I’m not a big drinker, having long ago adopted the philosophy of having a small amount of something great, rather than a large quantity of something mediocre. Yes, I’m no longer living in the dorms in college. ‘nuf said about that period of my life, however!
For now, I prefer a dram of a deep, flavorful alcoholic beverage, interspersed with the occasional cocktail out with friends and family. Certainly, my friends and I have been having a lot of fun with the BEV automatic cocktail machine that I reviewed on my YouTube channel. After many experiments, we landed on the Whiskey Sour as the best of the pods we’ve tried.
And speaking of whiskey, a friend and colleague invited a group of us to join him for a whiskey tasting, sponsored by Redwood Empire Whiskey, a part of Redwood Empire Distillery of Graton, California (in the Sonoma Valley, north of San Francisco and adjacent to Napa Valley). I was in. Who doesn’t enjoy a chance to hear a distiller talk about their blends and how they arrived at the various flavors and varieties they offer? My friend Chris joined me, and we got both my daughter and her friend in the loop too.
The wrinkle was, the distillery is in California and we were in Boulder, Colorado, over 1,200 miles away. Fortunately, we’ve all become quite adept at Zoom and similar video conferencing technologies, and they set up a camera so that we could join via Google Meet. It looked like this once everyone was hooked up and we were ready to proceed:
Leon, on the top left, was the organizer, and he got a group of people in person. The rest of us were solo or with a pal or two. Below the TV I have my computer with the webcam on, so they could see our group and we could interact. This reminds me, someone needs to invent a remote control MUTE for this sort of situation; it was a pain to get up and mute or unmute as we discussed some of the whiskeys…
WHISKEY IN THE MAIL
Prior to the event, I had supplied my address to Leon and he had arranged for modest 2oz samples of the various whiskeys to be sent out, along with some snacky things, and a bit of swag, all in a very attractive package:
You’ll notice that each bottle has the distillery – Redwood Empire – along with the name of that particular whiskey (for example, “Pipe Dream”) along with information on whether it’s bourbon, rye, or whiskey. There’s also a flight info card, but the keen-eyed will notice it’s for three whiskeys even though we received five samples. The three on the card, Pipe Dream, Lost Monarch, and Emerald Giant, are their “core” blended whiskeys, with ingredients from other distilleries mixed in, while the other two samples their own 100% in-house distilled whiskeys.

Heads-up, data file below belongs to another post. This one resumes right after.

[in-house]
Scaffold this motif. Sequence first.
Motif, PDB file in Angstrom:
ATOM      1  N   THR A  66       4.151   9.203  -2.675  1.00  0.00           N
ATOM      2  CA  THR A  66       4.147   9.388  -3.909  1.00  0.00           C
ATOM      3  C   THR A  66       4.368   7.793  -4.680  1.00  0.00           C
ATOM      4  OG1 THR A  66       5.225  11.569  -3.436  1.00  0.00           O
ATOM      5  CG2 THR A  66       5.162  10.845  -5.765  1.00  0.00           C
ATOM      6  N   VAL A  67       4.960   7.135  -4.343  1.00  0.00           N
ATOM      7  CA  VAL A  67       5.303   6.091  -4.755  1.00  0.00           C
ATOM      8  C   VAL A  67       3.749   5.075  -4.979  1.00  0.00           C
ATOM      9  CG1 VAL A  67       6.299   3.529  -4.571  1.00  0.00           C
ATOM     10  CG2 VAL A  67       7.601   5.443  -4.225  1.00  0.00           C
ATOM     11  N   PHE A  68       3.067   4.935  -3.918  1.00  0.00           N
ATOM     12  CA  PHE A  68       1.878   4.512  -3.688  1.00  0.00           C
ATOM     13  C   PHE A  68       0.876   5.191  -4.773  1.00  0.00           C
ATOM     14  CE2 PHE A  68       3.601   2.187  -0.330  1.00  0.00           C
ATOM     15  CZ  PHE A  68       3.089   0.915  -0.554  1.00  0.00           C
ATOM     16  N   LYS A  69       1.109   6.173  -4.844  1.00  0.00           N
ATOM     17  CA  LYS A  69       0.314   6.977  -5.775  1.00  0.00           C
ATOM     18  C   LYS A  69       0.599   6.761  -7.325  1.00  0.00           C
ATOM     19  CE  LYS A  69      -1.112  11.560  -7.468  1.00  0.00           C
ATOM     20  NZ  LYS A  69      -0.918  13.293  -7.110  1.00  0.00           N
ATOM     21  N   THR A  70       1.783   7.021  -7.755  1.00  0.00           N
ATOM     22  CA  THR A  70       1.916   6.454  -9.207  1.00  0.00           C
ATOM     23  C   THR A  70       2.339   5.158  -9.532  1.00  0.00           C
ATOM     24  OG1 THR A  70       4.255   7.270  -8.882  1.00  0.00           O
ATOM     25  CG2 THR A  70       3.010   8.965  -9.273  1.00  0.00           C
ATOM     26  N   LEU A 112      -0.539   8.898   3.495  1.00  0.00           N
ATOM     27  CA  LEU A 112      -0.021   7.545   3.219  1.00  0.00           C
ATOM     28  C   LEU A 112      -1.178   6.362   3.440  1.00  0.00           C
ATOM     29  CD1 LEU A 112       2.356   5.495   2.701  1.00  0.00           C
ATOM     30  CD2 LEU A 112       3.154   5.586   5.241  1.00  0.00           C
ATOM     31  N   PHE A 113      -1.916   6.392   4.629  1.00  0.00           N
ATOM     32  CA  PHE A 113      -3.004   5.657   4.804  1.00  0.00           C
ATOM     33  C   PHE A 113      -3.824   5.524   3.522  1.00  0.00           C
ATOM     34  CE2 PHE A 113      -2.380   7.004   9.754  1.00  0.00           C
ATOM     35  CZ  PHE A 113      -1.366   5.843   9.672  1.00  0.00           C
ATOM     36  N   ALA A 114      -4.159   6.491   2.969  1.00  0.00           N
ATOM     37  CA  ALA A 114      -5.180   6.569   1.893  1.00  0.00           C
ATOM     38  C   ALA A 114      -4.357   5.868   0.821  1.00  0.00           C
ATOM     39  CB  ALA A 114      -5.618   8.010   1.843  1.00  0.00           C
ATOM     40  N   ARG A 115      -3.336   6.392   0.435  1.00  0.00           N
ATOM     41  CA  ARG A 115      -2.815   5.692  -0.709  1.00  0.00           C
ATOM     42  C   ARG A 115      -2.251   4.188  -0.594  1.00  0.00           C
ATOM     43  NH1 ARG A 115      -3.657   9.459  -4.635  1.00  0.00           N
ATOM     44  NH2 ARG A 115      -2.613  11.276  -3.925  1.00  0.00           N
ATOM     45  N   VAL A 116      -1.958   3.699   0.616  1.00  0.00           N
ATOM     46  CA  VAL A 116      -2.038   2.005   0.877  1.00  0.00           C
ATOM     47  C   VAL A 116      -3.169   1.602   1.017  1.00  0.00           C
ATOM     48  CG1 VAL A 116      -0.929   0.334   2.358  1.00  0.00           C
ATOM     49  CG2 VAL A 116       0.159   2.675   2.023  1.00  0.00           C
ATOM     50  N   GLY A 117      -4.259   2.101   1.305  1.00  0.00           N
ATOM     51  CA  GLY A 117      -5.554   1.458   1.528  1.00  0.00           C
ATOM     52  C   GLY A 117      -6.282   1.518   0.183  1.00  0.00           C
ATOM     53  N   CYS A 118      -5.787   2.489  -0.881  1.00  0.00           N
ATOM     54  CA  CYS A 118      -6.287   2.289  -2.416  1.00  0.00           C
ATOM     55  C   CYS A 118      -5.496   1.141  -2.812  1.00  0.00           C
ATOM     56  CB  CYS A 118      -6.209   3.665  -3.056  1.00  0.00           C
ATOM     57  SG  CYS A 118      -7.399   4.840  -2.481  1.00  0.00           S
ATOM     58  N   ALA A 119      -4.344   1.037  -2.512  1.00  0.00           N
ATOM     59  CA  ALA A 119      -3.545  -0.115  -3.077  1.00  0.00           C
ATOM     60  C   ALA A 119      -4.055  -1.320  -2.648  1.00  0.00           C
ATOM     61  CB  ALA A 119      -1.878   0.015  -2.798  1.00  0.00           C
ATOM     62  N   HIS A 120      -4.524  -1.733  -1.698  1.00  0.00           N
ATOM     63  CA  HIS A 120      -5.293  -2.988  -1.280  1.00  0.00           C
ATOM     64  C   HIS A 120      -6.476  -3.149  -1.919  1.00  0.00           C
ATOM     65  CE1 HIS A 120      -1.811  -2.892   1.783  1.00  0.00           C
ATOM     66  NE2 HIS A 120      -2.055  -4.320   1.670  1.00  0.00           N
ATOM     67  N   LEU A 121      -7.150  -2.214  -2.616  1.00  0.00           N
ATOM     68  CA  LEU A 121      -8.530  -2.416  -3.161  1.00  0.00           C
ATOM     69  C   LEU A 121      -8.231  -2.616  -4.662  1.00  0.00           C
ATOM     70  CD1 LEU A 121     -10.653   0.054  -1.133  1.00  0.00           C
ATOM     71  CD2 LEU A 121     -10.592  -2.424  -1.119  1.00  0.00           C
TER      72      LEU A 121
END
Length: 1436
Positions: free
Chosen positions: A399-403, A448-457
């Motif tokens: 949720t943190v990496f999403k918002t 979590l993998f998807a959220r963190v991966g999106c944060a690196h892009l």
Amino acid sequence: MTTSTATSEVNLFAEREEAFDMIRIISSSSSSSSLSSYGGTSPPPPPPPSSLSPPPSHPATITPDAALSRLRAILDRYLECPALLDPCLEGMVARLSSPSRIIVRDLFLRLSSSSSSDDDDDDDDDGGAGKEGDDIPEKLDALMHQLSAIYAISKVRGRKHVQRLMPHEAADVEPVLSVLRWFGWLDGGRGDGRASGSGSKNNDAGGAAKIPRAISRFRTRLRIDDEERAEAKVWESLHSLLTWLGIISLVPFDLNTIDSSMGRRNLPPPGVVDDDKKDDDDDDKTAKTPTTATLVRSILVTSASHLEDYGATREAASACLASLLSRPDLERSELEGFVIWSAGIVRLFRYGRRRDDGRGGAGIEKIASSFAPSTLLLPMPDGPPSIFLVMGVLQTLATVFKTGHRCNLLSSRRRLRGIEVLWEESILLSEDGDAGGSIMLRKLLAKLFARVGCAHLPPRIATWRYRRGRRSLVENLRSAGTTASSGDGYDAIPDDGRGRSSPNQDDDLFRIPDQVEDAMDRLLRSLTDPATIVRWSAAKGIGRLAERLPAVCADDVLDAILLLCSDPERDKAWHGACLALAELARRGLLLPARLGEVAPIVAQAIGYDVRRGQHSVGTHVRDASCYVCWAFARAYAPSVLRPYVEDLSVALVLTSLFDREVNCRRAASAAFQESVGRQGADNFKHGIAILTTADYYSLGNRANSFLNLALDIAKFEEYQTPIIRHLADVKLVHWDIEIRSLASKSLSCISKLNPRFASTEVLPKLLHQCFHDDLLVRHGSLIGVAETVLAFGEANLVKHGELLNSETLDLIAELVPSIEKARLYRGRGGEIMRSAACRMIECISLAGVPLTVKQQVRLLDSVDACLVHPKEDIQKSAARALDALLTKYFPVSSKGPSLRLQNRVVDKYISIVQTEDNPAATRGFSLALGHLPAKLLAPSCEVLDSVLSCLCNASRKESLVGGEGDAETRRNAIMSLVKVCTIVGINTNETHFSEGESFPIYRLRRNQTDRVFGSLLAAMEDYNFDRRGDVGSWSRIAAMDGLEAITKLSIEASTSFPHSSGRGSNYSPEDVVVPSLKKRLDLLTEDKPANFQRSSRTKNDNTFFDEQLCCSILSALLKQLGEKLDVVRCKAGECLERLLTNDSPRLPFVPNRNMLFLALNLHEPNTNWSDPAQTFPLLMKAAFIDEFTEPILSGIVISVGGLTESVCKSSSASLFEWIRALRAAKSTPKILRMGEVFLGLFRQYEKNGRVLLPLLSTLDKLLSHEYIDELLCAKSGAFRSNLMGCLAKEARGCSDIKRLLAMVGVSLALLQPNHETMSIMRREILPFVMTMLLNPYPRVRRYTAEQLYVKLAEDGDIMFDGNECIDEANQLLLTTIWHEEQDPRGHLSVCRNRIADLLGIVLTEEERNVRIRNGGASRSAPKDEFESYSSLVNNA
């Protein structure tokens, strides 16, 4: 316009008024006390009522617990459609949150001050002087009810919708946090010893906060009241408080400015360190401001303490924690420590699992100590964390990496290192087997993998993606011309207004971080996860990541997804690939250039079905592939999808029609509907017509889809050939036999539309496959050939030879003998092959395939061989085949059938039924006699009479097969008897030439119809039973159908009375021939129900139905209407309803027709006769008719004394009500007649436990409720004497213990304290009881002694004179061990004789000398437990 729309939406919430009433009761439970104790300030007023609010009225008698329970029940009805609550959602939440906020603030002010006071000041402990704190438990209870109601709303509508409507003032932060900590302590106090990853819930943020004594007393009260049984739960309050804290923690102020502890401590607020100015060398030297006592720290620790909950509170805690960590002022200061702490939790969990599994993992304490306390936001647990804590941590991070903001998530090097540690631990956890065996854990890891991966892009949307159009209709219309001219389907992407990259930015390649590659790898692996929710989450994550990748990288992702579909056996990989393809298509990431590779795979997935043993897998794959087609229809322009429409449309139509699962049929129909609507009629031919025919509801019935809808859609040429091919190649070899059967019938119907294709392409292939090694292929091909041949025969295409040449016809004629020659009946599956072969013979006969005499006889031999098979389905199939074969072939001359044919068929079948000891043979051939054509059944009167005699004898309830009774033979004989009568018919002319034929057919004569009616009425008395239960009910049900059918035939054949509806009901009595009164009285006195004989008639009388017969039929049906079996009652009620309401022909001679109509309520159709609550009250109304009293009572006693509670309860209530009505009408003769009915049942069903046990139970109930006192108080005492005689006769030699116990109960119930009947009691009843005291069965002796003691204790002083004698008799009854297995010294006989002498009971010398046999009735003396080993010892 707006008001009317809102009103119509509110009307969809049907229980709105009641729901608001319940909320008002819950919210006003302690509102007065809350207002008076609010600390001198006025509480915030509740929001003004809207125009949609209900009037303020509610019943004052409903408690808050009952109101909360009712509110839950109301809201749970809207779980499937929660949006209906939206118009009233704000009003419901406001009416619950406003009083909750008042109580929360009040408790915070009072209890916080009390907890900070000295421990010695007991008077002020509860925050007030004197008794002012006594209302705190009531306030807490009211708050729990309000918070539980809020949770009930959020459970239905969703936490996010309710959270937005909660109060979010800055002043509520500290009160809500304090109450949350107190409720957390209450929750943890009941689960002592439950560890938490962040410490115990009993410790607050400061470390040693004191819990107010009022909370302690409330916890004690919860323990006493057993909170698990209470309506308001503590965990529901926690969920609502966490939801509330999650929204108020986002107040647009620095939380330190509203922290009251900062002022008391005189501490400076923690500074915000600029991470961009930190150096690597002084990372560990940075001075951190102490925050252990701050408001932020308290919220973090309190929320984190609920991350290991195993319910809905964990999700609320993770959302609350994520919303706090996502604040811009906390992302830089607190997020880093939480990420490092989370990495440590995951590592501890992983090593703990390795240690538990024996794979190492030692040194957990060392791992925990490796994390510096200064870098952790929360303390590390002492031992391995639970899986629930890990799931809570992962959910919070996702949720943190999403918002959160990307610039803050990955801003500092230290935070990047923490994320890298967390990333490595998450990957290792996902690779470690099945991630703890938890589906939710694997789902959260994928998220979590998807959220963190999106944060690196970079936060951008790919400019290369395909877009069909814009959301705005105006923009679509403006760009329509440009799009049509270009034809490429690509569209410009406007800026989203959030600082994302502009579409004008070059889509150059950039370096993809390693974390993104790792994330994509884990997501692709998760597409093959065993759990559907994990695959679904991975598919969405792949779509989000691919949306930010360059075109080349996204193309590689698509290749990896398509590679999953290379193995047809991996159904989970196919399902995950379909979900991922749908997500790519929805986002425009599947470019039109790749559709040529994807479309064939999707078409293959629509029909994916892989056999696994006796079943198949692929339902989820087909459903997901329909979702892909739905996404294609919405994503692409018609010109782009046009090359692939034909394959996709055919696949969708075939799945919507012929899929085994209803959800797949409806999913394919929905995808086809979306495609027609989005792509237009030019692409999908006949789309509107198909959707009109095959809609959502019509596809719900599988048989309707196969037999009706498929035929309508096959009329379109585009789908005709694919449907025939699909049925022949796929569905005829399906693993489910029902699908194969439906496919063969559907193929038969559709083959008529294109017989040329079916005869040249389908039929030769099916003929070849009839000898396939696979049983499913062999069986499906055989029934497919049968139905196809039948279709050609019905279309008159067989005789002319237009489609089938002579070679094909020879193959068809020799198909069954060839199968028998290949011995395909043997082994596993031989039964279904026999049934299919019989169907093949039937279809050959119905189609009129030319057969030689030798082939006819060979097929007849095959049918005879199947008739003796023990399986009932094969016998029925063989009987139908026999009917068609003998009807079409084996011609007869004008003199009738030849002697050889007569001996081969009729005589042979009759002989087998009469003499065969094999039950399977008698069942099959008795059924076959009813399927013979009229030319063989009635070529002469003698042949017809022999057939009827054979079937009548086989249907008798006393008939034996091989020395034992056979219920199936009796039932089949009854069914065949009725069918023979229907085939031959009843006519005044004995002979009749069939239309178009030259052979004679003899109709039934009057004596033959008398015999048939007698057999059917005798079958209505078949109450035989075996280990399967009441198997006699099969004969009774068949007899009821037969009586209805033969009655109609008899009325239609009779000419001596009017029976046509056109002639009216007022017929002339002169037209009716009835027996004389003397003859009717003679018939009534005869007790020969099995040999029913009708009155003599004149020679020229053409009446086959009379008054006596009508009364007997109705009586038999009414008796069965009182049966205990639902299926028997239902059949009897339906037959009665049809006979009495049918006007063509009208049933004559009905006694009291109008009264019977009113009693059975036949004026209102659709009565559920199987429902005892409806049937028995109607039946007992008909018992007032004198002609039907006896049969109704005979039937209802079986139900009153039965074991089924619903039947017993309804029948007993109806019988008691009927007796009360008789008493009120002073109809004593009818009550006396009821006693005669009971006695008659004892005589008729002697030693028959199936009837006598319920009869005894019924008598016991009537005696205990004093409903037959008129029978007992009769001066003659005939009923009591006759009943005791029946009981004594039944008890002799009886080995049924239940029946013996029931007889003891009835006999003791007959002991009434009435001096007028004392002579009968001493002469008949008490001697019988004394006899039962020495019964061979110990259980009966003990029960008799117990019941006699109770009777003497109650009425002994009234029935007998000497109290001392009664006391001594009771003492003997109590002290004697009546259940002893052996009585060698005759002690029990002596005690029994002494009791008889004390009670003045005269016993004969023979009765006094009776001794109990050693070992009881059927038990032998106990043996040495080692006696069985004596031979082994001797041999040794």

Redwood Empire head distiller Jeff Duckhorn (shown in the above photo), in an interview with Distiller Magazine, explained that Pipe Dream is a bourbon, Emerald Giant is a rye and Lost Monarch is a rye-bon. “Pipe Dream Bourbon is made from a blend of bourbons aged 4-12 years old and displays a spicy, toasty finish. Emerald Giant Rye is made from a recipe featuring 95% rye, and has a sweet, spicy, and herbal profile. The Lost Monarch, “ryebon” is a rye-dominant bourbon blended American whiskey.”
We set everything up on the table, along with some crackers on hand to help ‘cleanse our palettes’ as needed:
We did not have proper whiskey glasses, alas, but made do with what we did have. They worked just fine!
BACK TO THE LIVE EVENT
All ready to go, we were delighted when Jeff himself came on camera and proceeded to spend an hour with us, having us taste the whiskeys in order, as he shared stories of how he became a distiller and learned the nuances of creating various types of whiskeys. We started with Pipe Dream, which I found a very young, coarse Bourbon. In fact, I admit to not being much of a Bourbon or Rye drinker, which became obvious when our third sample, Emerald Giant, also hit me as rough and lacking any nuance. The middle choice, however, Lost Monarch, was delicious, with a completely different taste that had depth and flavor. I wasn’t alone in ranking the first three as 2, 3, 1, rather an Olympic award podium sort of arrangement.
We followed these – after a cracker and a few sips of water – with Grizzly Beast and Rocket Top. They are the first two 100% in-house distilled whiskeys from Redwood Empire, a bourbon and a rye, respectively. They’re both five years old and are bottled-in-bond, a key categorization for higher quality whiskeys. And they were good, but at the end of the evening, my ranking still had Lost Monarch on top. Turns out I do like a good Rye blend, as it seems.
Our Google Meet ran out of time after an hour and while most of the online participants jumped to a second room to chat, we dropped off to eat Thai food for dinner and have a catch-up evening of House of the Dragon on HBO. A very pleasant evening and while we didn’t all agree on the best of the Redwood Empire whiskeys, we all agreed that the tasting was fun, interesting, and informative. Next time we’re in the market for a whiskey, it might well be a bottle of Lost Monarch.